“It is an undisputed fact in this case that the plaintiff, Warren Jenkins, was not driving, operating or controlling the automobile being driven and operated by John S. Shields at the time of the accident on June 18, 1939, and therefore, even though you should believe by a preponderance of all the evidence that the said John S. Shields was guilty of negligence proximately contributing to his injuries and to those of Warren Jenkins, nevertheless if you also believe that the defendant, Alexander McDougall, was also guilty of negligence which proximately contributed to the injuries suffered by Warren Jenkins, your verdict will be in favor of the plaintiff, Warren Jenkins.
“You are instructed that one, who, while riding in the private conveyance of another, is injured by the negligence of a third party, may recover against the latter, notwithstanding that the negligence of the driver of the conveyance in driving his automobile contributed to the injury where the person injured is without fault and has no authority over the driver. Therefore, if you believe from all the facts and circumstances of this case that the driver of the Ford sedan automobile, to–wit, John S. Shields, was negligent, and you believe that the driver of the defendants' car was negligent, it would still be your duty to bring in a verdict in favor of Warren Jenkins, who at that time was an occupant of the automobile being driven by the other plaintiff, John S. Shields.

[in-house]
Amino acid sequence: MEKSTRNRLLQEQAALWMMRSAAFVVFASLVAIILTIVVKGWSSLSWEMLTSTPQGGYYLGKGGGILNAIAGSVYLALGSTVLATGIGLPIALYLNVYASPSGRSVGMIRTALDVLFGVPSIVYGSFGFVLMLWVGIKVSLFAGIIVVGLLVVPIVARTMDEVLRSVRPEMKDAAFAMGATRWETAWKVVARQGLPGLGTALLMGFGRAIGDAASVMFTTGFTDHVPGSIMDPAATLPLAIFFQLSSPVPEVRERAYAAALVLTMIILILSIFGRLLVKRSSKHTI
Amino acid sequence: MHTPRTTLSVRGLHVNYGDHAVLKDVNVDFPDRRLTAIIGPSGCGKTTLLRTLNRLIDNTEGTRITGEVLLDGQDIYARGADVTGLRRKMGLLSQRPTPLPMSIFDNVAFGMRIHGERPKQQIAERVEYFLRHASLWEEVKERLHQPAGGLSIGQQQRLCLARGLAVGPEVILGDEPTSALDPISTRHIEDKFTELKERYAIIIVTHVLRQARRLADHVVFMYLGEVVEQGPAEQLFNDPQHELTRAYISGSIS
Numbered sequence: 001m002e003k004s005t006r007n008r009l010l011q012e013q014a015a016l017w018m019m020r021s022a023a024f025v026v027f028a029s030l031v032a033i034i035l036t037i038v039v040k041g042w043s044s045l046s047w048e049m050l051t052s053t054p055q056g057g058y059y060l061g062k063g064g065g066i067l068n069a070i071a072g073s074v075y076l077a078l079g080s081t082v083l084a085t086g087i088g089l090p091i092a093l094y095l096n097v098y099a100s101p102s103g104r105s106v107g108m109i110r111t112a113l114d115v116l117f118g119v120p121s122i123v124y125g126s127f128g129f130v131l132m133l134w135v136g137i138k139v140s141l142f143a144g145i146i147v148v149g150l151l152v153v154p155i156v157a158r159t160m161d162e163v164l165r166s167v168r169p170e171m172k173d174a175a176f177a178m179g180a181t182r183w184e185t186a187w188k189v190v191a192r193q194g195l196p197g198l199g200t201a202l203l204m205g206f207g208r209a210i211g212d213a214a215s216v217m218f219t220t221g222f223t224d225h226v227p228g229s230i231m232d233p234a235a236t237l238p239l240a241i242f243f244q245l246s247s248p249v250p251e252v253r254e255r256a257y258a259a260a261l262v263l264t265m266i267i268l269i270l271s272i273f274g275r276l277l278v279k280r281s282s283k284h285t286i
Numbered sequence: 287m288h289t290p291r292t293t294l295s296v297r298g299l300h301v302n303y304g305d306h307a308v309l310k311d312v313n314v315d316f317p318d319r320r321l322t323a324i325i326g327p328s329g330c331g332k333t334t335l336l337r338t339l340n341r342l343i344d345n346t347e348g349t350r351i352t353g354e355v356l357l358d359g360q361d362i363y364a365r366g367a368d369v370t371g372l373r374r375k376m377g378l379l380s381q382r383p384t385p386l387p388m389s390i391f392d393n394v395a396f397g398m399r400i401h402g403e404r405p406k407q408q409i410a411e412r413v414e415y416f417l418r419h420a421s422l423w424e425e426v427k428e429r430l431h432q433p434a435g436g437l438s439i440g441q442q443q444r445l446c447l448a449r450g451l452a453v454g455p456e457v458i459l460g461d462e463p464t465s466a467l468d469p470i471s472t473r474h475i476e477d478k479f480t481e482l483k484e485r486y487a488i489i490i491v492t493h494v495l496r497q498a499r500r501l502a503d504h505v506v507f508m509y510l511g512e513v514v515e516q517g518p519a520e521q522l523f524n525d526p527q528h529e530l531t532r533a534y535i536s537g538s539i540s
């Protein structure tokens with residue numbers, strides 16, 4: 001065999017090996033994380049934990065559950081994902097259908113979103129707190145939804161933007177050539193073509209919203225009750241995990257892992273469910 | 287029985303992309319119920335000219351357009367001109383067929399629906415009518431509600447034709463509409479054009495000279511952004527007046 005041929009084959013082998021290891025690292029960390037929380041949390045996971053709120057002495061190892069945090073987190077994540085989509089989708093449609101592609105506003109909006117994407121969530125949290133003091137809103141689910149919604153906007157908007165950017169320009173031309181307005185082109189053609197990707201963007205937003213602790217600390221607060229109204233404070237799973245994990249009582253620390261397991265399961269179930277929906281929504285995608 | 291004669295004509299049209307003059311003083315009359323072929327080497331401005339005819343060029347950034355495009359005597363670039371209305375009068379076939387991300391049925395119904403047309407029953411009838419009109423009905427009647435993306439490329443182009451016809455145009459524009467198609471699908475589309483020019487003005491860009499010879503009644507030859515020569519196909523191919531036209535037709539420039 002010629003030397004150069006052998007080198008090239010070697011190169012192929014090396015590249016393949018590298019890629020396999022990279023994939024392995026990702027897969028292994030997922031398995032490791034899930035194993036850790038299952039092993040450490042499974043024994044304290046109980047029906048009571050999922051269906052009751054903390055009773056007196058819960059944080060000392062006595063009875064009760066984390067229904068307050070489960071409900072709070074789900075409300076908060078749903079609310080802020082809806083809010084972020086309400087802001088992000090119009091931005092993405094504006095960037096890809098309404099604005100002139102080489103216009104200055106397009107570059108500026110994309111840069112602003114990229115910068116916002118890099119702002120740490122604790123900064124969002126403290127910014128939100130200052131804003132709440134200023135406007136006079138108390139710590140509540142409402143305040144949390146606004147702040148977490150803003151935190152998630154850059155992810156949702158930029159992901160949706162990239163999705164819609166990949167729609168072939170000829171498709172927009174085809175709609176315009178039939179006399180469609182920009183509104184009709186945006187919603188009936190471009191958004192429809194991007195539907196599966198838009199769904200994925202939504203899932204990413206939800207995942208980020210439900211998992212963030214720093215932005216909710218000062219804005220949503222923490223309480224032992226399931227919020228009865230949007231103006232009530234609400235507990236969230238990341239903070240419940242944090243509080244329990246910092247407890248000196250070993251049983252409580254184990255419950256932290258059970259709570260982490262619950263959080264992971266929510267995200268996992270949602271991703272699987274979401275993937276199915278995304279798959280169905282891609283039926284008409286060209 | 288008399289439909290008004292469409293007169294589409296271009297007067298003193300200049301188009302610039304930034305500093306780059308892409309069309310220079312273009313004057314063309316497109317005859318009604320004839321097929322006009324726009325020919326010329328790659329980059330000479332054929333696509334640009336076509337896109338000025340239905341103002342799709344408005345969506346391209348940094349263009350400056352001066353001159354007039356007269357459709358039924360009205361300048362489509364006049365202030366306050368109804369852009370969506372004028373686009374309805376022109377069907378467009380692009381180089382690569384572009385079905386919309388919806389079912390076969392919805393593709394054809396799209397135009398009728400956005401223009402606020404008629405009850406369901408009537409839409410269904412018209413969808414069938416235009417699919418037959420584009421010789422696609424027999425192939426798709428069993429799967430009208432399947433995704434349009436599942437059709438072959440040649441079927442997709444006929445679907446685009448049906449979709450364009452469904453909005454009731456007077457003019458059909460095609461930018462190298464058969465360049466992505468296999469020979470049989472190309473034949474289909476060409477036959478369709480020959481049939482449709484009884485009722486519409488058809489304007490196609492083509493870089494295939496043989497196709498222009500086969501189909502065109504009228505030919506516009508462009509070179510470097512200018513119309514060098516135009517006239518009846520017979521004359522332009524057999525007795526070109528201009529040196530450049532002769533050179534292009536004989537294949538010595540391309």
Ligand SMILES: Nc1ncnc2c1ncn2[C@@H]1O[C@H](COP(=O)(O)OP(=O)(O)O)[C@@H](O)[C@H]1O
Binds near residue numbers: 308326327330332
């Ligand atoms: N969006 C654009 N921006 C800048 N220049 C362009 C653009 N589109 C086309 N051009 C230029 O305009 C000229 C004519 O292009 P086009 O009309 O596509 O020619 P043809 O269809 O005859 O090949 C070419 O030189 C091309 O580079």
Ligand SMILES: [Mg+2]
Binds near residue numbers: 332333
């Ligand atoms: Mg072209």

“Section 510 of the Vehicle Code reads as follows:
“ ‘Basic Speed Law. No person shall drive a vehicle upon a highway at a speed greater than is reasonable or prudent having due regard for the traffic on, and the surface and width of, the highway, and in no event at a speed which endangers the safety of persons or property.’
“Therefore, if you believe from all the facts and circumstances of this case that the defendant, Alexander McDougall, was driving and operating his automobile at the time and place in question in violation of this section, and such violation, if any, was the sole proximate cause of the injuries and damages, if any, by plaintiffs sustained, then I instruct you that the defendant, Alexander McDougall, was guilty of negligence as a matter of law, and you should award damages for the plaintiffs as defined to you in other instructions herein.”